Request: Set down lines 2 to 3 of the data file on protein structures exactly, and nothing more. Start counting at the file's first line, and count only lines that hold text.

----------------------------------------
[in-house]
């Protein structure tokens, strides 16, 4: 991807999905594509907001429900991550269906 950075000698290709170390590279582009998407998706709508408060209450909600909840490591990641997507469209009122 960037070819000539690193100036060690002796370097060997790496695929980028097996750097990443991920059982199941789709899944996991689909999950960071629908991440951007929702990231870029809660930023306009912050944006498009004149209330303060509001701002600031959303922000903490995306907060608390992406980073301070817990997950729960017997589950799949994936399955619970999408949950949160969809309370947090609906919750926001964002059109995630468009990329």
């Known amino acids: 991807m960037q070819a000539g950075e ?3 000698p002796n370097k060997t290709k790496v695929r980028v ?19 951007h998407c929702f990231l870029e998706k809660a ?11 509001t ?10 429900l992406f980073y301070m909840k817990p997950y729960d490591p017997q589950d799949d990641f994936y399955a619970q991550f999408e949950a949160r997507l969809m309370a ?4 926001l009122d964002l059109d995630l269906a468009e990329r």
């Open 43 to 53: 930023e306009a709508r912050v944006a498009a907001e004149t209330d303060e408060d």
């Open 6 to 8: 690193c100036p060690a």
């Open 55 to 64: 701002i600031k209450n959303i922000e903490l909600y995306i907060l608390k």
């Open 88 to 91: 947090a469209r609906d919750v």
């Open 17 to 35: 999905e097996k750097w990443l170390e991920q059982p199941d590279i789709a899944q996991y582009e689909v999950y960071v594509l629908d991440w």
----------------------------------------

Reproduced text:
């Protein structure tokens, strides 16, 4: 991807999905594509907001429900991550269906 950075000698290709170390590279582009998407998706709508408060209450909600909840490591990641997507469209009122 960037070819000539690193100036060690002796370097060997790496695929980028097996750097990443991920059982199941789709899944996991689909999950960071629908991440951007929702990231870029809660930023306009912050944006498009004149209330303060509001701002600031959303922000903490995306907060608390992406980073301070817990997950729960017997589950799949994936399955619970999408949950949160969809309370947090609906919750926001964002059109995630468009990329």
């Known amino acids: 991807m960037q070819a000539g950075e ?3 000698p002796n370097k060997t290709k790496v695929r980028v ?19 951007h998407c929702f990231l870029e998706k809660a ?11 509001t ?10 429900l992406f980073y301070m909840k817990p997950y729960d490591p017997q589950d799949d990641f994936y399955a619970q991550f999408e949950a949160r997507l969809m309370a ?4 926001l009122d964002l059109d995630l269906a468009e990329r």